Nobody could be more precise. St. Vincent understands the meaning of the word Allah. He knows that the Muslim rosary is made up of 99 beads, each one spelling out a name for God. The three invocations to God who is just, merciful and powerful are correctly described. More than that, he gives a very fair assessment of Muslim thinking about Jesus and the Virgin Mary in context. Muslims hold that Jesus was born of a Virgin in a miraculous way and they have such a respect for Him that they cannot accept the idea that He died the infamous death of the Cross. (Koran, IV, 157). As for Mary, she is the only woman whose name is cited in the Koran which describes her as `purified' and `chosen.'” (Koran, III, 42).

Aim of the mission to Barbary

His knowledge of the world of Islam only serves to make St. Vincent more aware of the conditions under which Christians in Islamic countries have to live. He concedes that “the Turks think they are offering a sacrifice to God when they persecute them.”(VII, 326) and he knows that the conversion of Christians to “the religion of Mohammed serves to bolster the courage of the Turks”.(V, 85). The aid that he wishes to bring to Barbary is both material and spiritual. It is not a question of competing with other Orders such as the Trinitarians and the Mercedarians who only ransom Christian captives. St. Vincent is very explicit about this when he is planning to send missionaries to Algiers. He will say it again some 15 years later during repetition of prayer when he makes reference to a religious Order whose work is the ransoming of captives. “That is very good, it is excellent, but it seems to me that something more is offered by those who go to Algiers and to Tunis, not simply to ransom poor Christians but also to live there in order to redeem these poor people, to assist them corporally and spiritually, to see to their needs and to be always there to help them.” (XI, 437).

This is something he had already said in his recommendations to Boniface Nouelly and to Jean Barreau (XIII, 306-307), and in the rule of life he sent to Jean Le Vacher and Martin Husson before they left for Algiers (XIII, 363). St. Vincent keeps faith with his missionary vision. If we are to help the poor we must come close to them so that we can give them spiritual and material help in their misery. In Barbary it is a matter of helping the captives in their distress and strengthening their faith in spite of moral, psychological and even physical pressures to make them apostatise, and to bring them some hope by showing them they are not forgotten.

It is much to St. Vincent's credit that he was able to understand, as though from experience, the deep despair felt by these captives. Letters written by these captives would frequently go astray, either because of problems in delivering them (V, 526-527), or because their families did not want to receive them and for a variety of reasons were unwilling to follow them up. St. Vincent is very anxious that the captives should let people know about them and he assures them that their letters really will arrive at their destination. He often makes parish priests responsible for delivering the letters and for obliging the families to reply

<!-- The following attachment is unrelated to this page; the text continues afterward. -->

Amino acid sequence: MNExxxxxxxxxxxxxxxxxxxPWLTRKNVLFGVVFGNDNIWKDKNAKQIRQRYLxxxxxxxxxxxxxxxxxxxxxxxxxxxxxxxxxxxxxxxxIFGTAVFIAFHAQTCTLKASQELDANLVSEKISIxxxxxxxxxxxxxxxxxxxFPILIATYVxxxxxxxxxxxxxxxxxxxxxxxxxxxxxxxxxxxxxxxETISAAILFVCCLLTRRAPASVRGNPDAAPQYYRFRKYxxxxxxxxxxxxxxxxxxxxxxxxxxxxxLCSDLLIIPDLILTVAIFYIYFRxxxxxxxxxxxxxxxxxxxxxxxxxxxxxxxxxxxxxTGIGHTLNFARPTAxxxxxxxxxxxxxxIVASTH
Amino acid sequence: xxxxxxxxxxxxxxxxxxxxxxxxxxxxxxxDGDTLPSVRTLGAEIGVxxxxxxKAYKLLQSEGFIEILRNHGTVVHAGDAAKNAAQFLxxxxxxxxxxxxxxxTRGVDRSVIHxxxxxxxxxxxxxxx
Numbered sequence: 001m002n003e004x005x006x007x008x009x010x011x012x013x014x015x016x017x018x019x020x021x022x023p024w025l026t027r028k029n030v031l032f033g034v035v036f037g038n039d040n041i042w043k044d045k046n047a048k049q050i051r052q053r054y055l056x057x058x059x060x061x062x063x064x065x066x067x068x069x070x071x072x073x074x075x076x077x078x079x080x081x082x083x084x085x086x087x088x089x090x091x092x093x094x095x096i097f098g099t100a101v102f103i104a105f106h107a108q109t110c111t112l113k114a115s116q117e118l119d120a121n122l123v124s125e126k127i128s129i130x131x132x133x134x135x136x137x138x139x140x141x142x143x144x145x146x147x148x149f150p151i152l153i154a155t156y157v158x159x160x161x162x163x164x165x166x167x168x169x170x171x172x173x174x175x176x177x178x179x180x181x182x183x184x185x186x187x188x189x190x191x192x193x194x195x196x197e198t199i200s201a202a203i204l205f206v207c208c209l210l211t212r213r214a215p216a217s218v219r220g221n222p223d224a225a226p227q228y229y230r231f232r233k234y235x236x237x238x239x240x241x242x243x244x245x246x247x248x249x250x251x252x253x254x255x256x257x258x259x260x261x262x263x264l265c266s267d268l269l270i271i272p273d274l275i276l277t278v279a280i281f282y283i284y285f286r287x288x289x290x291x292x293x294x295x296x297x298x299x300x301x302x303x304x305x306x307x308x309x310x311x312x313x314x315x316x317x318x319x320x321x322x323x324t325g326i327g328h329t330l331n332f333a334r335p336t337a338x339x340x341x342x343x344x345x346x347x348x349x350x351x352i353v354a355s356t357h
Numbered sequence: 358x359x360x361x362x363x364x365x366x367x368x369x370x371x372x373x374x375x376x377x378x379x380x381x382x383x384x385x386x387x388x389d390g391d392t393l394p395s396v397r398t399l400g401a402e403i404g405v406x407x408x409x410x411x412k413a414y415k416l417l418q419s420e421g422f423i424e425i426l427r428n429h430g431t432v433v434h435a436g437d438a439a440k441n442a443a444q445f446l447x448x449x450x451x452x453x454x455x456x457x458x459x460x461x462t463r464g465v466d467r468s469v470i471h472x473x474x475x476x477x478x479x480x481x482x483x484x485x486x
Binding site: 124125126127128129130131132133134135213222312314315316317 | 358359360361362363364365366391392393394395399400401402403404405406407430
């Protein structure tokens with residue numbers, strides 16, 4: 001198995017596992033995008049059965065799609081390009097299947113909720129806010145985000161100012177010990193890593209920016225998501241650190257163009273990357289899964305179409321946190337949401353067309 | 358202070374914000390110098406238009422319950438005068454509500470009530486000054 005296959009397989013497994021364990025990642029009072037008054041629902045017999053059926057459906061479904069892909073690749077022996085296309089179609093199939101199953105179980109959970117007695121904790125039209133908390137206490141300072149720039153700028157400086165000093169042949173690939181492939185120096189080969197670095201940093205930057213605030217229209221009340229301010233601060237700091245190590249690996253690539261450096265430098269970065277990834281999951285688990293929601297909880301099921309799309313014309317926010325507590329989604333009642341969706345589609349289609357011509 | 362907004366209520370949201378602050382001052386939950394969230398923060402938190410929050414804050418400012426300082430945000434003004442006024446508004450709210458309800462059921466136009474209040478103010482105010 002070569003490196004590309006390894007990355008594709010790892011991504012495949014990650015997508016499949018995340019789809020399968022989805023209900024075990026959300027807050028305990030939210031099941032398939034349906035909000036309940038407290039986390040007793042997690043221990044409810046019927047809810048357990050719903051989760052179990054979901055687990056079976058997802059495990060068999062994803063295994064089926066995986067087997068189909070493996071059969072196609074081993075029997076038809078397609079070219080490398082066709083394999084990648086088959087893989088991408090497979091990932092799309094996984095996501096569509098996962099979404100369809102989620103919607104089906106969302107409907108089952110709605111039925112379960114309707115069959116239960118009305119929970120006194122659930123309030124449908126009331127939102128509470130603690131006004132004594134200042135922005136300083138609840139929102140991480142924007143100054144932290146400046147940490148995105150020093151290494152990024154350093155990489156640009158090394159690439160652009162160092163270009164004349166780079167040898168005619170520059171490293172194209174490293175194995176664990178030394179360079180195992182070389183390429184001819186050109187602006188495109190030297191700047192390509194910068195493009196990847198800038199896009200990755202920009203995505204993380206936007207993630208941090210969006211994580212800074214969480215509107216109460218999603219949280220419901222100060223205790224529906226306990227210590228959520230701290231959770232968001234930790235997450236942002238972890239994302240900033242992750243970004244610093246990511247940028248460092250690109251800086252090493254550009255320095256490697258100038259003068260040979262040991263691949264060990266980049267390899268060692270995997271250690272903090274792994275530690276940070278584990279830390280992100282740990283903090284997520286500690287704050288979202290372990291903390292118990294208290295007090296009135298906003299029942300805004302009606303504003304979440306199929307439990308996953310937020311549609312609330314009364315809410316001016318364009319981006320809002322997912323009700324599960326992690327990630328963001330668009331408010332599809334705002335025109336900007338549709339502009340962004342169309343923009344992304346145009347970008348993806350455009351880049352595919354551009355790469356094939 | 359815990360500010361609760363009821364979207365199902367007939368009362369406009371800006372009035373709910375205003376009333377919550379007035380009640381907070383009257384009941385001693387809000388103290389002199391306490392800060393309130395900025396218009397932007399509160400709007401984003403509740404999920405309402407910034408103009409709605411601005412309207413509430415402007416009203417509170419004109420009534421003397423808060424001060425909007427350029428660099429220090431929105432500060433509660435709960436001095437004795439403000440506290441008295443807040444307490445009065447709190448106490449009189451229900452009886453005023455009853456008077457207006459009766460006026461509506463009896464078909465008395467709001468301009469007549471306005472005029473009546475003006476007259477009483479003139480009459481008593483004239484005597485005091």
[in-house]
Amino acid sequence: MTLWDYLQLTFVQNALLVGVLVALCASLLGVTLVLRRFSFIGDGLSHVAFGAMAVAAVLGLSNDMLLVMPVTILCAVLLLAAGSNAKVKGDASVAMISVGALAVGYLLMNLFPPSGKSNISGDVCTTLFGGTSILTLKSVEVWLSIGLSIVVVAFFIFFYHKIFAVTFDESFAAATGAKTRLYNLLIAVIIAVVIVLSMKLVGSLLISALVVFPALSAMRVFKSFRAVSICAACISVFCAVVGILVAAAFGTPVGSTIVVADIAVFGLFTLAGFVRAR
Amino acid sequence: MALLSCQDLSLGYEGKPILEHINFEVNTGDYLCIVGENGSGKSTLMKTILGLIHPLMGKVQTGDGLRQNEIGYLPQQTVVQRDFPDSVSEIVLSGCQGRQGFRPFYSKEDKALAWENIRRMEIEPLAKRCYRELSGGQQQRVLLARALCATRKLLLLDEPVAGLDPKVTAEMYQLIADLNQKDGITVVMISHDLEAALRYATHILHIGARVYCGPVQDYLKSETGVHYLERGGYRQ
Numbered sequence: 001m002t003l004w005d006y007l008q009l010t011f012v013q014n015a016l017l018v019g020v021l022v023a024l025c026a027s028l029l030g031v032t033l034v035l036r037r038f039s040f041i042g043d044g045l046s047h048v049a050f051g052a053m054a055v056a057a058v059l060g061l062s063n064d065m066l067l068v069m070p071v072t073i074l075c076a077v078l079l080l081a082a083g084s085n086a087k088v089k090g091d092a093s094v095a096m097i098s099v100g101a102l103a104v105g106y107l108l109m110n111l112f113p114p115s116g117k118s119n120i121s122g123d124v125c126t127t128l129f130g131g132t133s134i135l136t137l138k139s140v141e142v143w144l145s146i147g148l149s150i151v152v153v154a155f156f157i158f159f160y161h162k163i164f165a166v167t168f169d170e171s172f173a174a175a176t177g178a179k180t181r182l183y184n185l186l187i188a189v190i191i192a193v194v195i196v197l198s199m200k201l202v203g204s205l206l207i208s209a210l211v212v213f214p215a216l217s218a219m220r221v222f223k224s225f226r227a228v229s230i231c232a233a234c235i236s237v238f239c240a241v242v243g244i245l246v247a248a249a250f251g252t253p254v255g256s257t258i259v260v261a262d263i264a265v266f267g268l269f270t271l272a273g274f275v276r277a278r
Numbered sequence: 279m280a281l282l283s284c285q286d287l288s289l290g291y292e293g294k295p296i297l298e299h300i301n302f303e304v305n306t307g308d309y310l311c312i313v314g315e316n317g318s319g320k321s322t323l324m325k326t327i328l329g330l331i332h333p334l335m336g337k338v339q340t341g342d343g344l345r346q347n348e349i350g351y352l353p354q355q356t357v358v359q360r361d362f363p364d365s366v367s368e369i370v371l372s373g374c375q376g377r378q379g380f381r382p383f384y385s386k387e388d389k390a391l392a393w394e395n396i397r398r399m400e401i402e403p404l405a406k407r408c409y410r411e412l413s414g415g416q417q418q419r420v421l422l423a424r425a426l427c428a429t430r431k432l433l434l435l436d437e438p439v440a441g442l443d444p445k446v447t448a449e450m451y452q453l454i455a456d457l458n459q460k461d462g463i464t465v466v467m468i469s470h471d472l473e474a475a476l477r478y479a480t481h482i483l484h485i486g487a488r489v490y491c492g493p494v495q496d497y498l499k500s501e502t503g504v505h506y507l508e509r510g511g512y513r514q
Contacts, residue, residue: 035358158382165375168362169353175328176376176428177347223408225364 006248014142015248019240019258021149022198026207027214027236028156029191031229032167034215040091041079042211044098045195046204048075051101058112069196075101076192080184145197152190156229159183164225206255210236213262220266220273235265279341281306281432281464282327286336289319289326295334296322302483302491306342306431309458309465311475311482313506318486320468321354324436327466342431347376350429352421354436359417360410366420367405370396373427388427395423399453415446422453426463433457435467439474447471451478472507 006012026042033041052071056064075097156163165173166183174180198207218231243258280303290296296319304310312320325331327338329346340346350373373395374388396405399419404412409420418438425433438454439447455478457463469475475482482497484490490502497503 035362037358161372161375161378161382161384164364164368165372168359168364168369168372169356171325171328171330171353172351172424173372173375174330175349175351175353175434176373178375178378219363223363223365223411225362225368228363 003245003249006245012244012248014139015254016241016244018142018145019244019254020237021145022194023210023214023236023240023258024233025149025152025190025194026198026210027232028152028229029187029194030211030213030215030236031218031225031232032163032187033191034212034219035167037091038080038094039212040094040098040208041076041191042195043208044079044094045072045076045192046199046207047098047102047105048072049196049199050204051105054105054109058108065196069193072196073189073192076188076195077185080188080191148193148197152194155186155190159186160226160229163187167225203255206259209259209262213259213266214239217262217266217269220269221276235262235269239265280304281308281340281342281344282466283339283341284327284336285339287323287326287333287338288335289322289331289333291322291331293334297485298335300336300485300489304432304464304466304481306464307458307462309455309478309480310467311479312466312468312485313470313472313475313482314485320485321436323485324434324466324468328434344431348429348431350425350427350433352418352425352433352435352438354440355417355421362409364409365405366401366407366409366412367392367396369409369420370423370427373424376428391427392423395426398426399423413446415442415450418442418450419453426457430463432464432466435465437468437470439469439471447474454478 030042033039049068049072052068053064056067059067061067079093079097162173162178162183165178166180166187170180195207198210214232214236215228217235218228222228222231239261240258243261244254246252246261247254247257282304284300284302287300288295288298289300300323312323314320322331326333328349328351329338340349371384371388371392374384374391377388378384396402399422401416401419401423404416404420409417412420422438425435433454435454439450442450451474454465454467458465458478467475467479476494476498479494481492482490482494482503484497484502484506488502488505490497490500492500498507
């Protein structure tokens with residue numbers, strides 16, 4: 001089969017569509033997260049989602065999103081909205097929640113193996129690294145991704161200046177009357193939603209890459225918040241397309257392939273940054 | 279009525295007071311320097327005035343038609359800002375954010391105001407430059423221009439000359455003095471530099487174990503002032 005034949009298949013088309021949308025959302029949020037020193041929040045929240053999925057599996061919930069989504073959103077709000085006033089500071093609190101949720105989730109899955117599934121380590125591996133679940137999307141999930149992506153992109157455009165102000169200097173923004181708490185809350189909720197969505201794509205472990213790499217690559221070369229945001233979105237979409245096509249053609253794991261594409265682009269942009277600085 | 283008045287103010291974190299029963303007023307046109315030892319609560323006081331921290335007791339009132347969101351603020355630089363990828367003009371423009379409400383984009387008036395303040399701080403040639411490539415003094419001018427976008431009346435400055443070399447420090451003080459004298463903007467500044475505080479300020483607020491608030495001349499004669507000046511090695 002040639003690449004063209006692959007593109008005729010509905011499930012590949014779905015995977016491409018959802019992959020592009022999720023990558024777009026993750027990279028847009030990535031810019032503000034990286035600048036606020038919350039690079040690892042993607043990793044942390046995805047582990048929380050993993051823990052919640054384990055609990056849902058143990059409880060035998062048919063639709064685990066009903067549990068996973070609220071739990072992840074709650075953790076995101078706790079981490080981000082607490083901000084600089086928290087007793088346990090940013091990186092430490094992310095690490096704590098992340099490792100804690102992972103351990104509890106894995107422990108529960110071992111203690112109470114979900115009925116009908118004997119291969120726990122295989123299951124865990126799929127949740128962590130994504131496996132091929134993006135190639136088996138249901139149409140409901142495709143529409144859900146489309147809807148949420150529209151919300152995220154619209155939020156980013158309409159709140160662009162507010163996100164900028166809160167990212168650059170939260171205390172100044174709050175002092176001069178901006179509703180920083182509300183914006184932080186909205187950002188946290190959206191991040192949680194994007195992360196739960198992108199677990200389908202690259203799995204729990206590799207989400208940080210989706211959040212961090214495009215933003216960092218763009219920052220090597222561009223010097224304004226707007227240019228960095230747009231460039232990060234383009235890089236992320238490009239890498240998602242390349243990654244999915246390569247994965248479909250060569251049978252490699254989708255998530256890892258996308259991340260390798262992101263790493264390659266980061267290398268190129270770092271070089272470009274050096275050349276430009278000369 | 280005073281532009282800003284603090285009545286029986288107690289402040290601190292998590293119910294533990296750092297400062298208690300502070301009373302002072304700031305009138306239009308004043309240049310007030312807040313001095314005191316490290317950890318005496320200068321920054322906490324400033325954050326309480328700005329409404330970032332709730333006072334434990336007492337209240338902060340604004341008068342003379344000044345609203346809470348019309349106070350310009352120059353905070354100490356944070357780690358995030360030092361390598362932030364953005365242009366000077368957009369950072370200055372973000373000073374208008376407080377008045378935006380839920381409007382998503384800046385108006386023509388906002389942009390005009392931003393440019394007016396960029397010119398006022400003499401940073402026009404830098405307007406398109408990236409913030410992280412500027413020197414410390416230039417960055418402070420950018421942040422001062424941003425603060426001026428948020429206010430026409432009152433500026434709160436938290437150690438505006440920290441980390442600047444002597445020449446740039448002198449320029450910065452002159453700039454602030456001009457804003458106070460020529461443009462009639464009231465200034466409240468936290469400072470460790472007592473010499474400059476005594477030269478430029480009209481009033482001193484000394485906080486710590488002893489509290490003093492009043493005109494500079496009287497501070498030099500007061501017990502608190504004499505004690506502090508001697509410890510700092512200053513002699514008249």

St. Vincent does not fail to admire the faith of these captives and he frequently asks his missionaries to be less demanding with regard to the easy-going and even scandalous behaviour of some of them who cannot accept their misfortune. The recommendations he makes to Philippe Le Vacher, who is by nature a little too impetuous, are very clear on this point and they reveal a most uncommon knowledge of the state of captivity. “Above all”, he writes to him, “you must not take it upon yourself to abolish too quickly the customs practised by the captives even if these are bad. I beseech you, therefore, to condescend as far as you can to human frailty; you will win over the slaves who are ecclesiastics more by sympathising with them than by rebukes and correction. It is not light but strength that they need.” (IV, 121) On occasions St. Vincent praises some martyrs like young Pierre Borguny, a native of Majorca, who was burnt alive in Algiers for returning to the Christian faith. His body will be brought back to Paris in 1657 through the efforts of Philippe Le Vacher(V, 342). St. Vincent mentions him in his letters (V, 341) and in his conferences. (XI, 389-392).

Mission to the Muslims

St. Vincent's missionary interest is not, however, limited to the captives. He also has the Muslim people in mind. It is true that he is extremely prudent and that he gives his missionaries precise instructions on this point: “They will be subject”, he says, “to the laws of the country, except those that concern religion, on which subject let them never dispute or say anything in contempt of it.” (XIII, 307, 364). He calls to order Philippe Le Vacher who is sometimes inclined to be over zealous: “You have another reef to avoid in your dealings with the Turks and renegades: in the name of Our Lord, have no communications with these people…..It is easier and more important to stop many slaves apostatising than to convert one single renegade. A doctor who preserves us from an illness is more meritorious than one who cures us of it.” (IV, 121-122).